You’re planning a family vacation to Queensland but don’t want to spend the entire trip lugging your teenager’s bags through shopping centres or easing your queasy stomach after enjoying too many rich foods and roller coasters at an amusement park. Luckily, there are three compromises that will actually appease every member of the family: zoos, aquariums and wildlife sanctuaries. Aside from being a welcome distraction from the constant cries of “Are we there yet?” and “I’m bored,” these educationally enriching attractions actually allow you to slip a little learning in with the fun. Here are a few of the best aquariums, zoos and wildlife sanctuaries in Queensland.
Hartley’s Crocodile Adventure
Due to excessive hunting throughout the 1940s and into the 1970s, the number of saltwater crocodiles swimming the waters in and around Australia plummeted. Today, there are only an estimated 150,000 saltwater crocodiles living in the wild, making it important that children learn about preserving this species. Teach children about conservation by infusing a little fun into this serious subject with a visit to Hartley’s Crocodile Adventures in Cairns. Crocodiles are the main focus of the park, but they are not the only entertainment. From koalas and quolls to snakes and macaws, there are a variety of animals that are both indigenous to Australia and found throughout the world. If you see anything while touring Hartley’s, don’t skip the daily Crocodile Attack Show.
Alma Park Zoo
From the Melbourne Zoo to the Taronga Zoo in Sydney, many visit these massive preserves and educational facilities every year. If you’re looking for a more intimate experience, head approximately 36 km north of Brisbane to the Alma Park Zoo. Completed in 1969, the Alma Park Zoo boasts 23 species of non-indigenous animals and 24 domestic species, including koalas and crocodiles. Much of the park’s resources are dedicated to the ring-tailed lemur exhibit. More specifically, the exhibit is a sanctuary constructed to mimic the lemur’s natural habitat in Madagascar. For the younger children in your group, the zoo features a small petting zoo complete with miniature cows, goats, chickens, sheep and guinea pigs. The Alma Park Zoo is an inexpensive way to spend the day, and it’s open from nine to five, seven days a week.
Australian Butterfly Sanctuary
Located a short 27 km west of Cairns, many associate the village of Kuranda with its vibrant markets and the Skyrail Rainforest Cableway, which takes you through a World Heritage–listed rainforest. While visiting Kuranda, stop at the Australian Butterfly Sanctuary. The aviary is the largest exhibit of its kind in Australia and houses more than 1,500 butterflies. If taking smaller children, be aware the butterflies are literally everywhere, including the ground. The tour guide will remind you and the kids to watch where you’re walking, but be mindful.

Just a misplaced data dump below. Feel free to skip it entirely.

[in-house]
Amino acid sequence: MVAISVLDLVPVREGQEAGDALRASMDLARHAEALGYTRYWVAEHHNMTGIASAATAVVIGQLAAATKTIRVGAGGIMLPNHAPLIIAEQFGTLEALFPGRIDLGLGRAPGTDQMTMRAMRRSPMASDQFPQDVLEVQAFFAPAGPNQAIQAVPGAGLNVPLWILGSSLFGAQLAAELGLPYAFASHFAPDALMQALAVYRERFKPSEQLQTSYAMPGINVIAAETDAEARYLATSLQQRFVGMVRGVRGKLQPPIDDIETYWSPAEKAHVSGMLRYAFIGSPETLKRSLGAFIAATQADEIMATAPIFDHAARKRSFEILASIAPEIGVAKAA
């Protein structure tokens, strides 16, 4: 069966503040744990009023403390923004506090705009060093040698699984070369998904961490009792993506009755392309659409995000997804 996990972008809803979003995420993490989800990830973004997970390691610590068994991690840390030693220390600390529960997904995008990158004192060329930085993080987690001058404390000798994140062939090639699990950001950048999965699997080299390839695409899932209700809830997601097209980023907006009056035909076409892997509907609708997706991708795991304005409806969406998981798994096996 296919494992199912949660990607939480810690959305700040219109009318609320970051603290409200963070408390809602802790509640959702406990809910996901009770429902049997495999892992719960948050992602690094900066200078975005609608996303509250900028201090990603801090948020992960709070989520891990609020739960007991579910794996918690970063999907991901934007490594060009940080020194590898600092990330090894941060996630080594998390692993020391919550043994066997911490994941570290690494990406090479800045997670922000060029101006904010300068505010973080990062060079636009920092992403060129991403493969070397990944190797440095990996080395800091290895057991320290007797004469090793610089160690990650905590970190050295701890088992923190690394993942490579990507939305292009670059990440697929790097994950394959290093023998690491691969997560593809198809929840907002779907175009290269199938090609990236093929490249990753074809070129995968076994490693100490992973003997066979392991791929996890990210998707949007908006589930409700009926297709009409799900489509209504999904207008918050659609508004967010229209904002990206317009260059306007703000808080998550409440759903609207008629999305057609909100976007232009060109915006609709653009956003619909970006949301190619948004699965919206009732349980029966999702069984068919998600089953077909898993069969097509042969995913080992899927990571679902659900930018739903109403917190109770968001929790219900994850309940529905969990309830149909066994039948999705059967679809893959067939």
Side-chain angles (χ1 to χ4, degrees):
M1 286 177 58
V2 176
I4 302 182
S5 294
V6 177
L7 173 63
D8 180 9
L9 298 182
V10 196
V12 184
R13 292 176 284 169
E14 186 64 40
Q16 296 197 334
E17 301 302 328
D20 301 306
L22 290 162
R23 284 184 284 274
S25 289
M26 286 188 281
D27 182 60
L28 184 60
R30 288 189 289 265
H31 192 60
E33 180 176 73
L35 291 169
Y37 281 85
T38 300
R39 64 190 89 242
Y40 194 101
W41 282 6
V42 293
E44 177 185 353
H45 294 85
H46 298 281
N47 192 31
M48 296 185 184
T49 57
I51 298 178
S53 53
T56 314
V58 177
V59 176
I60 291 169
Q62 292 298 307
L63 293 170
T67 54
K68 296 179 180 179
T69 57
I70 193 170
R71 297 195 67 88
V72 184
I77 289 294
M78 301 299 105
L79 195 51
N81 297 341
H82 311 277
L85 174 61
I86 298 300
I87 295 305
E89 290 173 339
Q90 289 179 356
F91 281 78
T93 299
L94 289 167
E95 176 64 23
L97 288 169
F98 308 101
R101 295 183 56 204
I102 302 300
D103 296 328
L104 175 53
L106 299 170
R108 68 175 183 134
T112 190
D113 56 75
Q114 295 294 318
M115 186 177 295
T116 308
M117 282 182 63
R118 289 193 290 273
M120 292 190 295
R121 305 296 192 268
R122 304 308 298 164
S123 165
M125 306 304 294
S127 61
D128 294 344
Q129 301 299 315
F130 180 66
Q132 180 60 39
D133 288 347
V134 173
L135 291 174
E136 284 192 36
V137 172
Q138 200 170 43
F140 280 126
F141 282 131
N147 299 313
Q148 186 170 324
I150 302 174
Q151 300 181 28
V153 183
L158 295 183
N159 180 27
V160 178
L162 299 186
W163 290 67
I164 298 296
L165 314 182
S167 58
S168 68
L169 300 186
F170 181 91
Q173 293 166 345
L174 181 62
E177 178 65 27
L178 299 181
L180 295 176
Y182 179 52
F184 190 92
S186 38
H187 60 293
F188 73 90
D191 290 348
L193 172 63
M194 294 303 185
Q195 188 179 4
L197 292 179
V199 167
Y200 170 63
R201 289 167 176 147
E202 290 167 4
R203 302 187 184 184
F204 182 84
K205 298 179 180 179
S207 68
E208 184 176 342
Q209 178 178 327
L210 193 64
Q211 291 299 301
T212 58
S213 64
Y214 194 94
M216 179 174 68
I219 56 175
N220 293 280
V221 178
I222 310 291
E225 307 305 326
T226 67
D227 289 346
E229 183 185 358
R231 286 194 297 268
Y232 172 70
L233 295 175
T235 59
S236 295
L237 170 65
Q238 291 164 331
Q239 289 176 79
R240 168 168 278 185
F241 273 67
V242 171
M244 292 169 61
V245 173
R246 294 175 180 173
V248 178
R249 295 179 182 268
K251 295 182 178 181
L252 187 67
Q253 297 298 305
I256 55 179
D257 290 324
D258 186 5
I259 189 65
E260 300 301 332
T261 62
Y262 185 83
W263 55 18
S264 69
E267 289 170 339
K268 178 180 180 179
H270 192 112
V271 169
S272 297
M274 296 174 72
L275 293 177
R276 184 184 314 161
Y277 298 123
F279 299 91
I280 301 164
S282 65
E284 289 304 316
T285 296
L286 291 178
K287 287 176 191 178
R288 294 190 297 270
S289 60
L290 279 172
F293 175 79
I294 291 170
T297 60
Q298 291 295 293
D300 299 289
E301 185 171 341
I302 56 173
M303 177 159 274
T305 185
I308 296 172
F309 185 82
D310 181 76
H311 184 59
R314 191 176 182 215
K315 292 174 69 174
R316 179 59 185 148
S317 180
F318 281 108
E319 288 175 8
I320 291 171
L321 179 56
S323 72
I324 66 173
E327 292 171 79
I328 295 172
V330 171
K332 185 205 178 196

Located in the resort town of Mooloolaba, UnderWater World is one of the best aquariums in Queensland. The facility is divided into convenient, clever exhibits including “Touch and Tell,” “Weird and Wonderful,” “Seal Island” and the always popular “Shark Shipwreck.” Your kids’ first instinct will probably be to head right toward the shark exhibit, which features seven different species of cartilaginous fish. Adventurous kids and adults 14 and over can even suit up and enjoy a 30-minute experience inside the shark tank. For the more timid who still want to interact with the wildlife, there’s the seal experience. The most expensive and inclusive seal experience actually allows kids to be a trainer for the day. UnderWater World is open every day, except Christmas, from nine to five.
When you’re ready to relax after your wildlife encounter, skip the crowded streets of Brisbane or Cairns and instead book a hotel in Palm Cove. Situated 30 minutes north of Cairns, Palm Cove is known for its amazing restaurants, spas, fishing, resorts and beautiful beaches.
About the Author: Sandy Martinson is a guest blogger and lifelong resident of Port Douglas. When Sandy isn’t snorkeling or diving, she can be found hard at work updating her blog about Australia’s beaches and wildlife.